WASHINGTON (DTN) -- Oil futures nearest delivery on the New York Mercantile Exchange and Brent crude traded on the Intercontinental Exchange extended higher in early morning trade Thursday following bullish inventory data from the U.S. Energy Information Administration showing a steep decline in domestic crude and gasoline inventories along with a surge in U.S. oil exports for the second week of August that have signaled robust demand for U.S. barrels despite signs of a global economic slowdown.
U.S crude oil exports hit 5 million barrels per day (bpd) during the week ended Aug. 12, the highest on record, according to the data released on Wednesday from EIA, with West Texas Intermediate trading at a steep discount to international benchmark Brent making purchases of U.S. crude more attractive to foreign buyers. Redirection of Russian crude flows from the European market could be one of the reasons behind the surge in crude oil exports from the U.S. Gulf Coast. Strong pace of crude exports along with a surprise drop in U.S. oil production sent commercial crude oil stocks tumbling by 7.1 million barrels (bbl) during the week ending Aug. 12, compared with expectations for inventories to rise by 100,000 bbl. Wednesday's inventory data was also supportive for the gasoline complex, showing demand for motor fuel climbed to the second highest rate this year at 9.348 million bpd, up 225,000 bpd or 2.4% from the previous week. On a four-week average basis, gasoline consumption was still some 4.2% below last year's four-week average of 9.466 million bpd. The recent demand figures might suggest falling prices at the gas pump, down for a ninth straight week through Aug. 12, incentivized Americans to take late-summer road trips.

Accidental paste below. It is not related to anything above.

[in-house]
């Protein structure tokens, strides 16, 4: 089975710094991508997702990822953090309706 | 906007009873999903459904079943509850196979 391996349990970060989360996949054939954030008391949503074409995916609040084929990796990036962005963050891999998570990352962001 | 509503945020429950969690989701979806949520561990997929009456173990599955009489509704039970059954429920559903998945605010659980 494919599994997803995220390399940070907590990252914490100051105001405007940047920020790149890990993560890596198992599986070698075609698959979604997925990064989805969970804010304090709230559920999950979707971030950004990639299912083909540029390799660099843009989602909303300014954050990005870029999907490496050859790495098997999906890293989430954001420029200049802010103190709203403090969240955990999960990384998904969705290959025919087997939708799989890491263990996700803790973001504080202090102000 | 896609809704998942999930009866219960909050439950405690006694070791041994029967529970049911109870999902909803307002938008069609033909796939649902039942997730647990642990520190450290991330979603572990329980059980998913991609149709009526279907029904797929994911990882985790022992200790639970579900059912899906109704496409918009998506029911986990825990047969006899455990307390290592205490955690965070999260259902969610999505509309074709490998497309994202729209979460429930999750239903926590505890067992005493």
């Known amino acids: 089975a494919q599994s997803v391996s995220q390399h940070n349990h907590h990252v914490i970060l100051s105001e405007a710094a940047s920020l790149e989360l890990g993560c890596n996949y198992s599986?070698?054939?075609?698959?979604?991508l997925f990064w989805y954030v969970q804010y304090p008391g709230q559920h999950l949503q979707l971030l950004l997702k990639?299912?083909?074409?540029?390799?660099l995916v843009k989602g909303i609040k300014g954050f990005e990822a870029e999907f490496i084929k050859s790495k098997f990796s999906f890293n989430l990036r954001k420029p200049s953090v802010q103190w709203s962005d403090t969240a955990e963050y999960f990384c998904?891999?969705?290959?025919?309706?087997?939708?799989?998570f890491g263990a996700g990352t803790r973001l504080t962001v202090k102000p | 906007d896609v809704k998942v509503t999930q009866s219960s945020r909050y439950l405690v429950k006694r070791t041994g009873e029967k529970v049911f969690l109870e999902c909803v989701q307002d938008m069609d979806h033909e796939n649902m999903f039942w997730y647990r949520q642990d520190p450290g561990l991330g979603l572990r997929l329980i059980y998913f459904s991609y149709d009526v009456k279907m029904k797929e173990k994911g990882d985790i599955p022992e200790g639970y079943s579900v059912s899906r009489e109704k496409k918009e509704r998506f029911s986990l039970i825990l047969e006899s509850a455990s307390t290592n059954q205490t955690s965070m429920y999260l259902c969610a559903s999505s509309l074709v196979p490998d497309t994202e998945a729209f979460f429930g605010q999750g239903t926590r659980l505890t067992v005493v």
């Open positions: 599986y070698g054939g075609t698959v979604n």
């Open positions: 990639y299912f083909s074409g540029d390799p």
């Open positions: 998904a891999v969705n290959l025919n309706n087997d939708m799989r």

Other economic indicators released this week also point to steady consumer demand for purchases at stores, online and restaurants, with core retail sales, which excludes cars and gasoline, rising 0.7% in July, matching the June increase, the Commerce Department said Wednesday. The incoming data suggests Americans are maintaining their spending habits despite the highest inflation in nearly four decades.
In financial markets, investors are parsing through the latest minutes of the Federal Open Market Committee's July 26-27 meeting released Wednesday afternoon that showed the central bank sees risks in both raising interest rates too high and not high enough.
"Participants continued to anticipate that ongoing increases in the target range for the federal funds rate would be appropriate to achieve the committee's objectives," the minutes stated. "With inflation remaining well above the committee's objective, participants judged that moving to a restrictive stance of policy was required to meet the committee's legislative mandate to promote maximum employment and price stability."
At the same time, the central bank indicated it could soon slow the speed of monetary tightening, while also acknowledging the vulnerable state of the economy and risk to the downside for economic growth.
"Participants judged that, as the stance of monetary policy tightened further, it likely would become appropriate at some point to slow the pace of policy rate increases while assessing the effects of cumulative policy adjustments on economic activity and inflation," the minutes said.
Following the minutes release, CME FedWatch Tool showed the probability for a 50-basis-point rate hike in September increased to almost 60% compared with 38.5% for a larger 75-basis-point hike.
Near 7:30 a.m. EDT, NYMEX September WTI advanced $1.25 to $89.37 bbl, while ICE October Brent futures gained $1.61 to $95.28 bbl. NYMEX September RBOB rallied 4.38 cents to $2.9783 gallon, while the NYMEX September ULSD contract declined 2.36 cents to $3.5967 gallon.
Liubov Georges can be reached at firstname.lastname@example.org